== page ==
Date: December 11, 2012
Time: 2:00-3:00 pm (ET)
Evaluation in simulation presents challenges even for the most experienced simulation expert. Using a reliable and valid evaluation tool that assesses student achievement, while simultaneously meeting the requisite standards requires a high level of expertise. In this presentation, student evaluation will be discussed. In addition, methods of evaluating the simulation experience will be presented.
Valerie Howard, EdD, RN
Dr. Valerie Howard, Assistant Dean of External Affairs, Professor of Nursing, and Director of the Robert Morris University Regional Research and Innovation in Simulation Education (RISE) Center and President of the International Nursing Association of Clinical Simulation in Nursing (INACSL), has over 17 years experience in higher education, with the past 9 years dedicated to researching, developing and implementing simulation experiences across the curriculum. Since 2004, she has been responsible for integrating academically sound simulation experiences for undergraduate and graduate students, and supervised the expansion of the RMU Simulation lab into the RISE Center. Dr. Howard recently developed the “Leadership in Simulation Instruction and Management” online certificate program at RMU to assist with integrating this complex training methodology. Her research interests include the use of simulation and EHR’s in education specifically related to student learning outcomes. She was co-Author of the Elsevier Simulation Learning System Product and has presented nationally and internationally on the topic of simulation,electronic health records, and online. She is a master trainer for the TeamSTEPPS evidence based teamwork training system. Dr. Howard also developed the STRIVE Model ©Howard 2010 to assist faculty with the implementation and expansion of simulation services in their institutions.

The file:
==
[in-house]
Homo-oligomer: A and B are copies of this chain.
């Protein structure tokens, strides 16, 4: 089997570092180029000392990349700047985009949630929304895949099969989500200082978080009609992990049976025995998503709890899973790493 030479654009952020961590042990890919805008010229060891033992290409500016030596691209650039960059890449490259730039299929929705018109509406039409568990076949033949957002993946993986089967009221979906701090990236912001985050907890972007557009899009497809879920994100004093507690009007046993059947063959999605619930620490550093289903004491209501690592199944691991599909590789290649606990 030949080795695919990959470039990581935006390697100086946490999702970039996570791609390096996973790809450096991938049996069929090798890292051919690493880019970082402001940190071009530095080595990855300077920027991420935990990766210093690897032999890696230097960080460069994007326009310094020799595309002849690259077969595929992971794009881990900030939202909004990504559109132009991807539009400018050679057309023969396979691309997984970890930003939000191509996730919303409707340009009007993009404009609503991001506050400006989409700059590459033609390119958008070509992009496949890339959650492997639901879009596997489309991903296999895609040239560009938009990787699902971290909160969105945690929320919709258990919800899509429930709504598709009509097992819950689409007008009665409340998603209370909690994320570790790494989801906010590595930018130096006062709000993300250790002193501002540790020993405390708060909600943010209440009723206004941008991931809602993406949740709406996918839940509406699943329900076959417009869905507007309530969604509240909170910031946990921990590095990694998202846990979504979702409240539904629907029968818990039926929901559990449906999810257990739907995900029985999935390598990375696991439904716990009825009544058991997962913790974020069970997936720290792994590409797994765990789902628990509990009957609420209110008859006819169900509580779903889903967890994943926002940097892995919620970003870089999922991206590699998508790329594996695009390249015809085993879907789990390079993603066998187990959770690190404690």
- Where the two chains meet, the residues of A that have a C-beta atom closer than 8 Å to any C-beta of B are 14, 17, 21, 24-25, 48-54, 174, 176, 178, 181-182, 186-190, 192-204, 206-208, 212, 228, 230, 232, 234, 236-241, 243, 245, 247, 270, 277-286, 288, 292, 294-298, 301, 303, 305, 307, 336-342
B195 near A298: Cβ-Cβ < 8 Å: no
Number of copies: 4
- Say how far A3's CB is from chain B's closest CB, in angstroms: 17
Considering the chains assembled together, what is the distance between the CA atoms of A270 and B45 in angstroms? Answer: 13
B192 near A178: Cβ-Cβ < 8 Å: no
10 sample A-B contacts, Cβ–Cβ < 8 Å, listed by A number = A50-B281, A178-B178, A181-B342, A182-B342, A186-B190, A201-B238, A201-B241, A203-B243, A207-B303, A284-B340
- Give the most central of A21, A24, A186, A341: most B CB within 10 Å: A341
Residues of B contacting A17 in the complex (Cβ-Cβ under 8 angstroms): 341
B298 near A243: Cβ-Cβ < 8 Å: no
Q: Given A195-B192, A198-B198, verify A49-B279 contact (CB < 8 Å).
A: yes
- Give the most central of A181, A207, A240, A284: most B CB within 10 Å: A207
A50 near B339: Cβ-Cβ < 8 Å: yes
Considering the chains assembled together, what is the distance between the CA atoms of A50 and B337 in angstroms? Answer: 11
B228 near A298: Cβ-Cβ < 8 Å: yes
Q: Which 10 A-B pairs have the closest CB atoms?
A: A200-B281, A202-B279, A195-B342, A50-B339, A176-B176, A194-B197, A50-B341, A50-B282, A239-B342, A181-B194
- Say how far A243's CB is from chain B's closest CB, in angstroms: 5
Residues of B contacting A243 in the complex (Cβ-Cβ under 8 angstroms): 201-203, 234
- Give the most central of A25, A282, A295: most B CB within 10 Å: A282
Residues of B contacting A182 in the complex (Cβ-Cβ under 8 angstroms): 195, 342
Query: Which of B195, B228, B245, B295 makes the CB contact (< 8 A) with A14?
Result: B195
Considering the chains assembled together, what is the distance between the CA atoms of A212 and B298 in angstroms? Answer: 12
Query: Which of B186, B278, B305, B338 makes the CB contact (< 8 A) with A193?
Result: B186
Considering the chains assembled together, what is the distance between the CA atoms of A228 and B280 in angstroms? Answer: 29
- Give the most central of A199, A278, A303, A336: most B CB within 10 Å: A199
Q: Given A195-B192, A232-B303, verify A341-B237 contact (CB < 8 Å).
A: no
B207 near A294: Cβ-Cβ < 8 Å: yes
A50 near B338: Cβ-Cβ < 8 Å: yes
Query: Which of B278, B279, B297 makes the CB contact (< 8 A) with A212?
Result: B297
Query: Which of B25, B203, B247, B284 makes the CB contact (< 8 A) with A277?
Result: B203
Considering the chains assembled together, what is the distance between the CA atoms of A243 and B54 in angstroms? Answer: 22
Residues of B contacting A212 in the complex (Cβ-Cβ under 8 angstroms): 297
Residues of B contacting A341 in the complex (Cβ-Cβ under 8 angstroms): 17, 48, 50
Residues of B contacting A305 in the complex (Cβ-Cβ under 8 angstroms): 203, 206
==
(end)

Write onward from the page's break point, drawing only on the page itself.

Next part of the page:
Leslie Graham, RN, MN, CNCC
Leslie Graham, a professor at Durham College in the Critical Care eLearning Graduate certificate program and the Collaborative BScN program at the University of Ontario, Institute of Technology, has many years experience as a clinical and academic educator. As faculty, she embraces the breadth of teaching and learning in simulation for both undergraduate and critical care nursing students. Leslie also mentors other educators in the art of simulation. As an author, Leslie has sought to simplify the use of simulation through tips and techniques for the clinical and academic educator. Presenting nationally and internationally on simulation, Leslie promotes learner centered education that simulation offers.
AACN Member Faculty Recording
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Co-provided by INACSL